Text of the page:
How do you draw adopted children in a family tree? (2011)
Those Elusive Edes
9 lessons learned about finding people in the census. (2009)
The Joys of Inveterate Button Pushing (2004)
Who's Your Daddy?
Genealogy versus family history. (2004)
Your program doesn't have one, but you do. (2004)
Estimating Dates (2002)
A cautionary tale (2002)
Count Your Blessings
1988 and now (2002)
The Grand Chase
How my individuals connect (2002)
What makes a family? (2001)
A genalogical detective story (2000)
Eben J. Cady
Musing about a tombstone (2000)
Main Genealogy Page
(The first part of this article appeared in RootsWeb Review, 8 September 2004.)
Recently a reader wrote about a father who abandoned his wife and
child. A kind, loving man married the mom, taught the child to walk
tall, shoot straight, work hard and speak the truth. All was well until
the old debate of genealogy versus family history reared its ugly head.
The question of "Who's your daddy?" causes more debate among us
genealogists than any other question.
We know who helped that girl learn to ride a two-wheeler, who took her out for ice cream when she made the honor roll and who is going to walk her down the aisle when she marries. Who, however, do you put in that little box labeled "Father" in your genealogy program?
Take a calm, soothing breath, folks, and remember -- for most of us it's only a hobby. Bird watching is a hobby too. It gets you out of doors, you meet nice people and it's a great excuse for a walk. I took my son birding with the Audubon society one Saturday when he was eight. I made him a blank form to record his sightings. He wanted to write down a squirrel and a gopher snake. They were close (both vertebrates, after all), but not plumb, since we were neither mammal watching nor reptile watching. I let him do it; I figured he wasn't keeping to the exact rules of the game, but it wouldn't hurt anyone and he was having fun. I would have drawn the line if he wanted to report the squirrel as a new species of wingless bird, the furry gray warbler, to the Smithsonian.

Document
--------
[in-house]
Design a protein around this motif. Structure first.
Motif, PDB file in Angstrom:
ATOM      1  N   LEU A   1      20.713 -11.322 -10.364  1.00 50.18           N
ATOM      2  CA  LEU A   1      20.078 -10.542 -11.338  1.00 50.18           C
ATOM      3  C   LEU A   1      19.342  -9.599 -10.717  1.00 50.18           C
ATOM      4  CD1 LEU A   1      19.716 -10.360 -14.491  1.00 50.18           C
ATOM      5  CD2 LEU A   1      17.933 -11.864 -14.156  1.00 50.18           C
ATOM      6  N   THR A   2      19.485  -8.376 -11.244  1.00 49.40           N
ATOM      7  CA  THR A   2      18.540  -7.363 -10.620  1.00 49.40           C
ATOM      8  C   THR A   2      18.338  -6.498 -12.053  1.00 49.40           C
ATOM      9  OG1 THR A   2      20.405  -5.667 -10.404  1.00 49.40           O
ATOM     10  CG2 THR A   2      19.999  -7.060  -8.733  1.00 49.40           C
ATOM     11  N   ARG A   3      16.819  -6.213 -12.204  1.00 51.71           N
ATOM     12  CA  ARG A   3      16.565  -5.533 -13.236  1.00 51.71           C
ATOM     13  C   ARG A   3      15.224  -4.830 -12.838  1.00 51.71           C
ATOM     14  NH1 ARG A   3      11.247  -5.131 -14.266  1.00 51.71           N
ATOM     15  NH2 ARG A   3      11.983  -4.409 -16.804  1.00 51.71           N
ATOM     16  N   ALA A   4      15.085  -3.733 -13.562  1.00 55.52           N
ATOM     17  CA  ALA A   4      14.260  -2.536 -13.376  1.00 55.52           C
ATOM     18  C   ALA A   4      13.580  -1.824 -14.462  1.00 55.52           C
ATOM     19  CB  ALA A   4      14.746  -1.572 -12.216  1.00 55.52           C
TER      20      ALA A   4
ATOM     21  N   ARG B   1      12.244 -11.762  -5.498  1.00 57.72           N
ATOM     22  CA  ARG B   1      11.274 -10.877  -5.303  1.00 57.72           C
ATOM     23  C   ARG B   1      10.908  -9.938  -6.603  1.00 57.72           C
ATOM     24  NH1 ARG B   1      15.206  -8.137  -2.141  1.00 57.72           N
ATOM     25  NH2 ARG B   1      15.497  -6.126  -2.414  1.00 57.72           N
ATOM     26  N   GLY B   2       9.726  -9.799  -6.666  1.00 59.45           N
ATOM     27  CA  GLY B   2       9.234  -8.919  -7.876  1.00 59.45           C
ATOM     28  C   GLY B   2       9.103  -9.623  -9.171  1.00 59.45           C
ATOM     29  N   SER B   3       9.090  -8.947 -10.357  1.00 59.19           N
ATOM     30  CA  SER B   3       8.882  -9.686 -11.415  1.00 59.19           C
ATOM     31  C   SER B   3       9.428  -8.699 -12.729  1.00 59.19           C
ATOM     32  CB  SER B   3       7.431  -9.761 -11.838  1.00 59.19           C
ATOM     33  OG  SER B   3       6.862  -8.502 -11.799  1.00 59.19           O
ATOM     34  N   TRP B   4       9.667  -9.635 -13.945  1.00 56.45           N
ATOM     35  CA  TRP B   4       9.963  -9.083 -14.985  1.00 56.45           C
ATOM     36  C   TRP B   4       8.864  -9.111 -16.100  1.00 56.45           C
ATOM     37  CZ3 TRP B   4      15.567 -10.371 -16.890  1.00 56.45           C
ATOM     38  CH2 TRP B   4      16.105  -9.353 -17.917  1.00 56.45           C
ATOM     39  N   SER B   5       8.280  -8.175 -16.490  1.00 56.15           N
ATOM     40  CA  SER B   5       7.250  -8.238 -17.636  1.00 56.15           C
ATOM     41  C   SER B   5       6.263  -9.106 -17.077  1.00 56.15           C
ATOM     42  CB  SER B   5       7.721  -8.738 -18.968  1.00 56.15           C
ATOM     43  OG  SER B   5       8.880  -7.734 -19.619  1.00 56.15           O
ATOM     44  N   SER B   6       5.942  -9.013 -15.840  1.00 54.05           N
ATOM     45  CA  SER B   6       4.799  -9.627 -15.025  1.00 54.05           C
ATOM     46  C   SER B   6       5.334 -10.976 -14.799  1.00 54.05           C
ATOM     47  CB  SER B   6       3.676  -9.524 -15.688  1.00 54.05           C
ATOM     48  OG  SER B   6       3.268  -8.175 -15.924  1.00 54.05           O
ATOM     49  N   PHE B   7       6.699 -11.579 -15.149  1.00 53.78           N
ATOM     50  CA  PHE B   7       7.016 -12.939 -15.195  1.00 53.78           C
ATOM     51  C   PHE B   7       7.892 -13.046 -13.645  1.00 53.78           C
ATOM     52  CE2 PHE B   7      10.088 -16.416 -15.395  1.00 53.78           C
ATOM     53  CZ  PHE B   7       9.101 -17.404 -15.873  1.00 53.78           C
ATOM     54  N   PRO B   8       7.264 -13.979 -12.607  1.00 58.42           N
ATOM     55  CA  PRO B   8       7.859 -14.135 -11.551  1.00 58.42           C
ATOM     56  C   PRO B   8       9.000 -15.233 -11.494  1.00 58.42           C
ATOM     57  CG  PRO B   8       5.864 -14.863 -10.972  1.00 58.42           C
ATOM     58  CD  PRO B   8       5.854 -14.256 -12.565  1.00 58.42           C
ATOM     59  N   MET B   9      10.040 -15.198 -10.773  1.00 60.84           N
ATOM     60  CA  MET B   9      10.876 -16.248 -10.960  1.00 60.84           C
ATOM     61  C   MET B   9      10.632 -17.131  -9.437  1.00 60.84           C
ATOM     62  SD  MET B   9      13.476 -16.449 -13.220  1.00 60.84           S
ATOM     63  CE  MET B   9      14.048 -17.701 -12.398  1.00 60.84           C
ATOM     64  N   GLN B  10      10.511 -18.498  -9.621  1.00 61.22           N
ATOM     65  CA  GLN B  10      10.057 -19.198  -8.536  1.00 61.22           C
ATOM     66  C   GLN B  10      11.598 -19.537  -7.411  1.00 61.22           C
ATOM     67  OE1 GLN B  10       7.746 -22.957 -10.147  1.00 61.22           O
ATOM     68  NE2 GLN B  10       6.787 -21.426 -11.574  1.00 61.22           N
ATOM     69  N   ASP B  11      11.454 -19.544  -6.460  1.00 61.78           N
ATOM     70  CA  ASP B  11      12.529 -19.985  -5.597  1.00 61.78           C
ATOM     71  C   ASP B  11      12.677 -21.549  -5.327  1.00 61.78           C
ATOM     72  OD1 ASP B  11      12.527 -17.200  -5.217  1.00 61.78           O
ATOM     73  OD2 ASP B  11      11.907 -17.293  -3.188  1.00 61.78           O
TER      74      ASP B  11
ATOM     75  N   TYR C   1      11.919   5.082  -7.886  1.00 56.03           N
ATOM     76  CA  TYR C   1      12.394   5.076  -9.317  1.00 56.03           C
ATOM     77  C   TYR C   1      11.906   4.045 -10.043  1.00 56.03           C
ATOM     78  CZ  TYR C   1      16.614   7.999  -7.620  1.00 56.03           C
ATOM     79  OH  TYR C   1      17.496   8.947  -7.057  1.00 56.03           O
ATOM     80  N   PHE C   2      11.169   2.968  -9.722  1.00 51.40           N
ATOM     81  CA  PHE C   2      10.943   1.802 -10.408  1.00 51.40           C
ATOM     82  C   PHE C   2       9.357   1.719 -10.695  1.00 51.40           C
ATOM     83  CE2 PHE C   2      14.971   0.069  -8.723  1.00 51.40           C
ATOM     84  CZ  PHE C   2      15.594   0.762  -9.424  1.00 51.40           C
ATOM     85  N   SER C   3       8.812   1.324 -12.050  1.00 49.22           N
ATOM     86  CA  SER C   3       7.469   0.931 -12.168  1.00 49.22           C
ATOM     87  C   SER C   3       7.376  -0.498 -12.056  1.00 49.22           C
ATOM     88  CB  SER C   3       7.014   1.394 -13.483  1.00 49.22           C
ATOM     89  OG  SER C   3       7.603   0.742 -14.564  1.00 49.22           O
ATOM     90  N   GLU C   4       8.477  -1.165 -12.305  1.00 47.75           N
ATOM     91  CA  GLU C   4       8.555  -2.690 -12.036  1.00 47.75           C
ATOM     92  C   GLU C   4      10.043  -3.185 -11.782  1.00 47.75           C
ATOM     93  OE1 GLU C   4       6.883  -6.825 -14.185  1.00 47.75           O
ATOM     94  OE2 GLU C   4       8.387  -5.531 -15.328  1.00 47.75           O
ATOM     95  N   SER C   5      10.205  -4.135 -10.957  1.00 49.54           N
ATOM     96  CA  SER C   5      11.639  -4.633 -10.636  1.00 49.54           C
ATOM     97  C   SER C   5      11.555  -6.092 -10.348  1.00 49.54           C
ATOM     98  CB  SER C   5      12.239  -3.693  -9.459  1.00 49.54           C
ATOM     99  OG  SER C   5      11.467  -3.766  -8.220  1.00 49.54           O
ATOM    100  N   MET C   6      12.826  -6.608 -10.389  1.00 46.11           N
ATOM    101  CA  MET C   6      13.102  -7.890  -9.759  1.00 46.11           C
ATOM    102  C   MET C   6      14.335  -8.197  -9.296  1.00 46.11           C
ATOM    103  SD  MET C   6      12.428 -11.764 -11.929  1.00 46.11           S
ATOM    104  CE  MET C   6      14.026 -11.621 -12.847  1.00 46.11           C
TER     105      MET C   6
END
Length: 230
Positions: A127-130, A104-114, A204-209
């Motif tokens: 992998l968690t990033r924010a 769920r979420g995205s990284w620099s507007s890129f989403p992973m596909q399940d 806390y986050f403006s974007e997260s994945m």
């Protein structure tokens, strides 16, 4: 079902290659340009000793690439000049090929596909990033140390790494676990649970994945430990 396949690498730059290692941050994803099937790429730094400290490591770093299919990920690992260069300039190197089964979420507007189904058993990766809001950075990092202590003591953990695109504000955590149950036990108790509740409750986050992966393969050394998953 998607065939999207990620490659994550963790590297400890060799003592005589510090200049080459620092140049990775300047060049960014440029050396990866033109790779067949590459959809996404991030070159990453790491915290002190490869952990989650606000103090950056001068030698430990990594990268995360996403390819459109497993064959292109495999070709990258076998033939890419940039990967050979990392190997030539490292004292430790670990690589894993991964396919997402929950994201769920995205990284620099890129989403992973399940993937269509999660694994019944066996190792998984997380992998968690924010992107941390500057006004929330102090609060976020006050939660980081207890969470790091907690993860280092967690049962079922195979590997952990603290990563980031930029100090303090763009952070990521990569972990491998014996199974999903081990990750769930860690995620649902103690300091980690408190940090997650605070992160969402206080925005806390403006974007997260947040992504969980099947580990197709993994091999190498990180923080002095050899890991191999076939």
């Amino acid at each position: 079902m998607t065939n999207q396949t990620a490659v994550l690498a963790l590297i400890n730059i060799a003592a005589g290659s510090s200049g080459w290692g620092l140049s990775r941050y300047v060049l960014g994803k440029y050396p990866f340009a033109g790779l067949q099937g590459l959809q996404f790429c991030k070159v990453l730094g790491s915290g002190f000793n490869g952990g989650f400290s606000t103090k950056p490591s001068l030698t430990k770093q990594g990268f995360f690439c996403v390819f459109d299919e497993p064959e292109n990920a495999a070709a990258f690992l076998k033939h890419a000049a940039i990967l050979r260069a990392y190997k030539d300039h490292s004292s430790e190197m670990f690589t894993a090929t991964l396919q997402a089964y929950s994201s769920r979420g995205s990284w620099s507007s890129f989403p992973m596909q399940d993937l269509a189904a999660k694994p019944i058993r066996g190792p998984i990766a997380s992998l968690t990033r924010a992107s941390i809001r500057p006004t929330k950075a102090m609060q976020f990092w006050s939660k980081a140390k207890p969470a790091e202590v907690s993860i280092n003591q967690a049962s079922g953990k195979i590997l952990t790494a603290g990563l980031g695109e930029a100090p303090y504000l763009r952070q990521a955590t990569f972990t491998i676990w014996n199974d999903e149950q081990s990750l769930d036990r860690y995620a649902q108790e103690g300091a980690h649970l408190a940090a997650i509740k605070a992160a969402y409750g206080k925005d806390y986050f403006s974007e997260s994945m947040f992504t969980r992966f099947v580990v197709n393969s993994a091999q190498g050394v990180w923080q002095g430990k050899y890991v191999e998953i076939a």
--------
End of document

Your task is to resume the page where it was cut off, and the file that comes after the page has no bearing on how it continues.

Genealogy keeps you busy indoors, unless you walk cemeteries, and lets you meet nice people. It makes history come alive. So does family history. If the girl wants to have John Trueheart down as her father, out of bonds of love and shared lives, instead of Alonzo Q. Scumbucket, whose genes she carries, it doesn't hurt anyone. There are lines to be drawn here, too. The girl will have to put Alonzo down on her marriage license and Social Security application.
It would not be right to publish a genealogy for public use without making the distinction between biological and true father clear, with a note on both men and the daughter, but as long as it stays private, it isn't hurting anyone and makes a youngster happy.
Arguments for using the biological father:
Arguments for using the adopted father:
This subject raises more heat than any other among genealogists, oddly enough. My opinion is that you should do what you want, and if you want to put the adoptive father in, go ahead. If someone tells you, in a shocked tone reserved for people who cheat at cards, that you are not doing real genealogy, you should smile, say "I know dear - I'm doing family history. Would you like some more tea?"